As 2023 draws to an end, it is time for a stocktake on the most significant geopolitical issue of the past couple of years: Russia’s invasion of Ukraine.
At first, this unprovoked attack seemed to trigger a revival of Western unity and determination. There was a noticeable optimism that the West might regain its lost strength. I wrote about it then (The West is back, 22 March 2021).
During the early stages of the war, the West’s response was remarkable. NATO appeared rejuvenated, and there was an unprecedented level of collective action. The sanctions imposed on Russia were quick and harsh, military support for Ukraine increased significantly, and Western nations showed a rare unity of purpose.
This moment evoked memories of a more unified past and hinted at a potential return to an era when Western democracies united solidly against shared threats.
However, as the war continued, the initial enthusiasm diminished considerably. It exposed profound, systemic weaknesses in the Western alliance. This decline is due to various reasons in global politics and internal issues within Western societies.
Populism and polarisation have weakened the traditional foundations of Western agreement. Within Western societies, the growth of identity politics has caused fragmentation, shifting focus from foreign policy needs to domestic social concerns.
In addition, the temptation of isolationism, particularly in the US under the ‘America First’ slogan, has become a worrying trend. Right-wing fringe politicians with links to the Kremlin often promoted such views (see The far-right European pawns in Putin’s game, 3 April 2023).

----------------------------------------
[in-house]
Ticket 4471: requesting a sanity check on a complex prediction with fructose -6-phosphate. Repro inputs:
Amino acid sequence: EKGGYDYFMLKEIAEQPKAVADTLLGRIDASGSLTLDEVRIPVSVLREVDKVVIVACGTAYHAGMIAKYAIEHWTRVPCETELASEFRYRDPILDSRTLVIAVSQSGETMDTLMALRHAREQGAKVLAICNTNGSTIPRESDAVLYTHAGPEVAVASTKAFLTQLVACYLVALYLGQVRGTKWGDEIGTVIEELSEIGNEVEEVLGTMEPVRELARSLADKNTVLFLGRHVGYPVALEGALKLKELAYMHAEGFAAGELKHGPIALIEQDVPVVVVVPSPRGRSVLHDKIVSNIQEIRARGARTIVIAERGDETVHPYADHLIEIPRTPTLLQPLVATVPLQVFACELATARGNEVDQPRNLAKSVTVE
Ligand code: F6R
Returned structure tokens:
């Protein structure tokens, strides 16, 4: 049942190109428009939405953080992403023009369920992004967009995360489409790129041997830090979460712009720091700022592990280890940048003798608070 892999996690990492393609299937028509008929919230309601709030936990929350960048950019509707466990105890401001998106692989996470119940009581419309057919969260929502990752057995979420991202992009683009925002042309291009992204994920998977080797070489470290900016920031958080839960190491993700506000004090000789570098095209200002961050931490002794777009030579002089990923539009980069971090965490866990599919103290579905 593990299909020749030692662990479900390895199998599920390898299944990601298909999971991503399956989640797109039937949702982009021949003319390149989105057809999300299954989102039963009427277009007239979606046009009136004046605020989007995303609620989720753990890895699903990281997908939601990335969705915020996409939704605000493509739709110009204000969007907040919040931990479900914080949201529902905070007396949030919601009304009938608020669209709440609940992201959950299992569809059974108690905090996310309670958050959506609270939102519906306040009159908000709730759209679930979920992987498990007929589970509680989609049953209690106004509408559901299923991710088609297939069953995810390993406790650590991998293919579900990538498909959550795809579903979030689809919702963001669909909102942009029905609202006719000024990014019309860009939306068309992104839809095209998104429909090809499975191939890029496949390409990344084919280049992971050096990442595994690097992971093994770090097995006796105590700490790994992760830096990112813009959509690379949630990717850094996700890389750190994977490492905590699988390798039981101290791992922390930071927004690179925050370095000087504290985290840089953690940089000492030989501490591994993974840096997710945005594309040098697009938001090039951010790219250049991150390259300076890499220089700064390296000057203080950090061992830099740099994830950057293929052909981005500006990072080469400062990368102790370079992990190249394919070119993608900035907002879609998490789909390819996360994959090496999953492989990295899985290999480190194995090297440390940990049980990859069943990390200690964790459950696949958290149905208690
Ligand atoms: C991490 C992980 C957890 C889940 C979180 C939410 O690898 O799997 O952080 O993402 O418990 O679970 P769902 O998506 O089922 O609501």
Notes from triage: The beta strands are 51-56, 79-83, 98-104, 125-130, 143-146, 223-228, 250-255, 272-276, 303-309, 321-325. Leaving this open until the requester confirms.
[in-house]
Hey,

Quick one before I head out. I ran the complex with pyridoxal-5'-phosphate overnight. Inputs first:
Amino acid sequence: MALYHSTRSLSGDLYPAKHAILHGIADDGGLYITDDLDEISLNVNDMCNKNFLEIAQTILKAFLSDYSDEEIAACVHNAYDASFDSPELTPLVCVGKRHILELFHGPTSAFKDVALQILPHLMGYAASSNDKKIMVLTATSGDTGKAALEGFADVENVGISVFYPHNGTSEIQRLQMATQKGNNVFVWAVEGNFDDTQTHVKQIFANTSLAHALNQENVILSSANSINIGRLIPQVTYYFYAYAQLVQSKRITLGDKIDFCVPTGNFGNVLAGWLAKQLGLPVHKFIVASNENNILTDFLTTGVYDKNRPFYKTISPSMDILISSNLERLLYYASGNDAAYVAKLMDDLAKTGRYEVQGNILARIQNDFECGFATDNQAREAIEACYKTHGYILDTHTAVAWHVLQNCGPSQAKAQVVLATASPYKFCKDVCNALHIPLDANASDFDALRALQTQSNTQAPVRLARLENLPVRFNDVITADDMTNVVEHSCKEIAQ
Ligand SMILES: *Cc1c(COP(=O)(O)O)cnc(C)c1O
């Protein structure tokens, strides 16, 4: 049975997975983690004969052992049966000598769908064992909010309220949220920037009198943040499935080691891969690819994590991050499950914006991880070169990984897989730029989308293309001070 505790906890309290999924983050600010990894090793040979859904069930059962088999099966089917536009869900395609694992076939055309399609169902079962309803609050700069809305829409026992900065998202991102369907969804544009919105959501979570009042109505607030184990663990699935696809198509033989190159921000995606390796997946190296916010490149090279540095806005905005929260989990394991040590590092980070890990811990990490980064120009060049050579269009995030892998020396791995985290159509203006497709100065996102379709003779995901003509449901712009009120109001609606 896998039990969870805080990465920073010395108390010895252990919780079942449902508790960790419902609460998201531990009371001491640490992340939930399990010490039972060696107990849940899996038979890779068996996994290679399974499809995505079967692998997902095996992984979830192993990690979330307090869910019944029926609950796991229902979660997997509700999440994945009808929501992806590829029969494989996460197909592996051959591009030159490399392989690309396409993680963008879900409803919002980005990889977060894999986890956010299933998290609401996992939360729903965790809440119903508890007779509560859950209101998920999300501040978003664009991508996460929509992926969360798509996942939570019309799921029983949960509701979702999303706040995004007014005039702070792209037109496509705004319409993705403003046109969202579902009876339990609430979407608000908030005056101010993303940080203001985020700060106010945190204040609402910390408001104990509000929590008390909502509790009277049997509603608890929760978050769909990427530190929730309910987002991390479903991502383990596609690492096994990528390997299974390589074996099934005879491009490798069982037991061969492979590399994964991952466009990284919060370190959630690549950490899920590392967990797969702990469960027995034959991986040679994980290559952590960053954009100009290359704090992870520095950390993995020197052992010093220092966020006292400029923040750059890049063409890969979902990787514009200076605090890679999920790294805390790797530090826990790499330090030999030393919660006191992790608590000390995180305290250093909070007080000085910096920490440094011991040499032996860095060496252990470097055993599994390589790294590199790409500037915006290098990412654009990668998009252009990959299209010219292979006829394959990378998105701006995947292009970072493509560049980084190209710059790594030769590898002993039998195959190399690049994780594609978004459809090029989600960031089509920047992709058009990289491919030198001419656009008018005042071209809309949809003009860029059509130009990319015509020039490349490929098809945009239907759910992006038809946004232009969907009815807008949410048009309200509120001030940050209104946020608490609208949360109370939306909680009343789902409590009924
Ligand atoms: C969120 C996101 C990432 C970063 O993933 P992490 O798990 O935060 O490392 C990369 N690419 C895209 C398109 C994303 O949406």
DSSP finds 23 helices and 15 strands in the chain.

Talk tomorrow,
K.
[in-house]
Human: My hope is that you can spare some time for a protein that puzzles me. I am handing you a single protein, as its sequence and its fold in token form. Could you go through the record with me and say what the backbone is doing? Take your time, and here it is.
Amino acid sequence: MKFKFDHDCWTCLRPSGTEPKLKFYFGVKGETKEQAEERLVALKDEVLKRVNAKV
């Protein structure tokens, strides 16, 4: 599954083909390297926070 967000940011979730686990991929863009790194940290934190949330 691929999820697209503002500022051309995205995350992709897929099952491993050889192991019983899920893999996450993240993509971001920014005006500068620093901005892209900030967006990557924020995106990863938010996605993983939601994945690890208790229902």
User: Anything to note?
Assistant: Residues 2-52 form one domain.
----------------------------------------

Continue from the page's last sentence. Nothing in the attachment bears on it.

This inward focus is not exclusive to the US. Just watch Hungary’s Prime Minister Victor Orbán who has used every opportunity over the past couple of years to undermine Western resolve to stand up to Putin’s aggression (for example, see Who needs enemies when you have friends like Orbán and Erdoğan?, 8 August 2022).
It is telling that over the coming days, Orbán will be in Washington to convince US Republicans to freeze support for Ukraine indefinitely.
A mixture of domestic disunity, right-wing populism and growing isolationism would be bad at the best of times. But these times are tough geopolitically because they throw up a new fundamental challenge every few months.
Issues such as the war in Gaza, the unpredictable policies of Erdoğan’s Turkey, and the growing threat of a nuclear Iran are taxing Western diplomatic and military resources. Each of these crises, although unique, vies for the limited attention of Western policymakers.
China’s strategic positioning following the Ukraine conflict adds even more complexity. Beijing’s indirect support for Moscow and its aspirations regarding Taiwan present another nightmarish challenge.
The multitude of simultaneous crises results in a fragmented approach to Western foreign policy. It also means it remains on the back foot, always responding to the latest event rather than mapping out a more proactive path forward.